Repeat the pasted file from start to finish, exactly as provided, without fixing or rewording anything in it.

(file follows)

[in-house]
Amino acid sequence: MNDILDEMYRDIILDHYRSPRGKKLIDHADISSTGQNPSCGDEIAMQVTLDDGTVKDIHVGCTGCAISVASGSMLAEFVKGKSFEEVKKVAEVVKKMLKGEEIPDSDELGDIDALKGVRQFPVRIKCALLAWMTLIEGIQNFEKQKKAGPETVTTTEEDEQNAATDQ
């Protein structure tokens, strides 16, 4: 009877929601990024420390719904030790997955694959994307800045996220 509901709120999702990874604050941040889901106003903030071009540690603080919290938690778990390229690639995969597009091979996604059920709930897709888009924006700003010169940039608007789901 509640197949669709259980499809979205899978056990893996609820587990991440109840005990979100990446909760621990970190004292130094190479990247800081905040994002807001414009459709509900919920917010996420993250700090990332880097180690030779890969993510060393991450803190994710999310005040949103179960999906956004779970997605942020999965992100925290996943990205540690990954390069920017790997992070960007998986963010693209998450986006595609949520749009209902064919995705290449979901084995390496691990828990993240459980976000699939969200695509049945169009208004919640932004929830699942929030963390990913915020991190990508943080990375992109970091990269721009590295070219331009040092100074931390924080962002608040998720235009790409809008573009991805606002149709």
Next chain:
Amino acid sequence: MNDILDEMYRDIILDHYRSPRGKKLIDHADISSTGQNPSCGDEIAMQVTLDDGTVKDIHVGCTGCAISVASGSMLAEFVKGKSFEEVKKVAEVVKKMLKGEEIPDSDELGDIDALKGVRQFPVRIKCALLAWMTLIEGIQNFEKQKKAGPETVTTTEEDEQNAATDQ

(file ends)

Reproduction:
[in-house]
Amino acid sequence: MNDILDEMYRDIILDHYRSPRGKKLIDHADISSTGQNPSCGDEIAMQVTLDDGTVKDIHVGCTGCAISVASGSMLAEFVKGKSFEEVKKVAEVVKKMLKGEEIPDSDELGDIDALKGVRQFPVRIKCALLAWMTLIEGIQNFEKQKKAGPETVTTTEEDEQNAATDQ
């Protein structure tokens, strides 16, 4: 009877929601990024420390719904030790997955694959994307800045996220 509901709120999702990874604050941040889901106003903030071009540690603080919290938690778990390229690639995969597009091979996604059920709930897709888009924006700003010169940039608007789901 509640197949669709259980499809979205899978056990893996609820587990991440109840005990979100990446909760621990970190004292130094190479990247800081905040994002807001414009459709509900919920917010996420993250700090990332880097180690030779890969993510060393991450803190994710999310005040949103179960999906956004779970997605942020999965992100925290996943990205540690990954390069920017790997992070960007998986963010693209998450986006595609949520749009209902064919995705290449979901084995390496691990828990993240459980976000699939969200695509049945169009208004919640932004929830699942929030963390990913915020991190990508943080990375992109970091990269721009590295070219331009040092100074931390924080962002608040998720235009790409809008573009991805606002149709």
Next chain:
Amino acid sequence: MNDILDEMYRDIILDHYRSPRGKKLIDHADISSTGQNPSCGDEIAMQVTLDDGTVKDIHVGCTGCAISVASGSMLAEFVKGKSFEEVKKVAEVVKKMLKGEEIPDSDELGDIDALKGVRQFPVRIKCALLAWMTLIEGIQNFEKQKKAGPETVTTTEEDEQNAATDQ